Despite being a fan of Stephen King’s work, most of his adaptations do not translate well to film or television. The unconventional atmosphere and themes expressed in his work are often lost in translation. Without the right execution, it can be unintentionally campy and confused. Thankfully, there are several excellent adaptations out there, and there is one film adaptation that is near flawless as both an adaptation and a film.
“Misery” was released in 1990 and is based on the 1987 novel of the same name.
James Caan plays Paul Sheldon, an author known for his series of romance novels based on his character, Misery Chastain. When he suffers a car accident that almost kills him, his “number one fan” named Annie Wilkes (played by Kathy Bates), rescues and cares for him in her remote home. However, she reveals her true nature once she discovers he killed off Misery in the last installment. She traps him in her home and forces him to write a new novel about Misery’s return by any means necessary. While a local sheriff (played by Richard Farnsworth) comes closer to discovering where Paul Sheldon is, Paul has to use all of his resources to escape from Annie’s clutches before she can kill him.
Barry Sonnenfeld’s cinematography successfully creates a taut, suspenseful mood throughout the plot. He expertly utilizes any shot to keep the atmosphere consistently tense. In the first few scenes, his focus on two presumably inconsequential aspects of Paul Sheldon’s character foreshadows what the climax will entail. Brilliant choices like those strengthen the excitement of the film’s overall impact.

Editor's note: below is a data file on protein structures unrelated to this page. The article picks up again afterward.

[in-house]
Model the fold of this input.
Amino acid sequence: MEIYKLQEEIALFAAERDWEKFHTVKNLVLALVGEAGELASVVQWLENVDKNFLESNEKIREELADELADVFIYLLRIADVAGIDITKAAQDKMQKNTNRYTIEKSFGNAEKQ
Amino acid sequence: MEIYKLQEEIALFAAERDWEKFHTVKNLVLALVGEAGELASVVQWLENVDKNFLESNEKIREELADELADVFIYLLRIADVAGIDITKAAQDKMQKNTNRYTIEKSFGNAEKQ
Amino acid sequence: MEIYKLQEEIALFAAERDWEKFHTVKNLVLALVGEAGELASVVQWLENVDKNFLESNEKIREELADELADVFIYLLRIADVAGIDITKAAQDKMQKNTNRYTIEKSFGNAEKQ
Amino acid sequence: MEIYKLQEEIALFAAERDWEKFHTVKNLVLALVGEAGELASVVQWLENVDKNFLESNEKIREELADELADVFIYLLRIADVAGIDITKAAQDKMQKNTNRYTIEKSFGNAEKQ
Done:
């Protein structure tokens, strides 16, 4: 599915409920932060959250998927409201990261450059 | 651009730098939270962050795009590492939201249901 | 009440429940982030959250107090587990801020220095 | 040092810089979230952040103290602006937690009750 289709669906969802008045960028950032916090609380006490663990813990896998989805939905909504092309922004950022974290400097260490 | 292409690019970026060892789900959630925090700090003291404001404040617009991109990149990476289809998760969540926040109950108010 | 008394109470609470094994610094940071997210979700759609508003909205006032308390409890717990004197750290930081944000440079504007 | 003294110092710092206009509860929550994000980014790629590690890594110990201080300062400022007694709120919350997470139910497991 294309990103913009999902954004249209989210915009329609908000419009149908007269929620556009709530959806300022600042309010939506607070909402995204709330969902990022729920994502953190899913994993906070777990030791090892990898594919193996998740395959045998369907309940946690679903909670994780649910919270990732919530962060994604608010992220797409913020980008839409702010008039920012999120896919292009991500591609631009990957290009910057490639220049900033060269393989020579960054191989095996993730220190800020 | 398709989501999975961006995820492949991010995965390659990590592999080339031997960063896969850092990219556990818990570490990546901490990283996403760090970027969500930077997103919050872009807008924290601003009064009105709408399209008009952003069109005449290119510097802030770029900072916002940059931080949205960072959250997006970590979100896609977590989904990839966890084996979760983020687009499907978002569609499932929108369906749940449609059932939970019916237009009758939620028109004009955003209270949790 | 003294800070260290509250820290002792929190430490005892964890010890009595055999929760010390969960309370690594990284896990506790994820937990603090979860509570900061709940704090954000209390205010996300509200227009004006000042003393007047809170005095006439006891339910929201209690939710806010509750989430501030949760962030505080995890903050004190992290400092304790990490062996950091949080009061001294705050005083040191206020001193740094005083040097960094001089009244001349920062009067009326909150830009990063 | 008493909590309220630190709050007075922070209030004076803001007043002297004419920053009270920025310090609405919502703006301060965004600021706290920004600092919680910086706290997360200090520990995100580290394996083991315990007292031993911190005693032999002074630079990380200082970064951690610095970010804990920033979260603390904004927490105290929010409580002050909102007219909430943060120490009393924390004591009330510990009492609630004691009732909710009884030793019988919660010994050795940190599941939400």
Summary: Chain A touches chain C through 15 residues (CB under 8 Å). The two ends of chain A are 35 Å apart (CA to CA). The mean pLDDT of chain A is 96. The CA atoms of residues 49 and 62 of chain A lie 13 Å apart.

Another vital part of the production team is William Goldman’s screenplay. He knows how to adapt a story and make the necessary changes without steering away from the source material’s nuance. The infamous “hobbling” scene was much gorier in the novel, but the lack of bloodiness does not keep it from being any more shocking now than it was back them. He also focuses on other characters besides Paul and Annie, such as the sheriff, his wife (who also serves as his deputy), and Paul’s editor, played by Lauren Bacall. These characters never get too much focus, but their presence in the film also never feels unnecessary, as they help contribute to the story in imperceptible ways.
However, the real heart of the film’s success lies within the incredible performances by Kathy Bates and James Caan. Bates’s performance is a powerhouse mixture of vulnerability, eeriness, and brazen evil, yet none of it feels too jarring. Her devotion to the role and her ability to switch from being a caring nurse to a sadistic captor is thrilling from beginning to end. However, Caan also does more than hold his own against his co-star. His subtle facial cues and body language add to the suspense of his character’s plight, and Annie’s crusade never overshadows Paul’s fight for his life.
Misery succeeds as a suspenseful thriller, and it is a staple for both Stephen King and Rob Reiner. You will both be scared and have fun watching it. If you did not fear the dark recesses of fandom before, you will after seeing this film.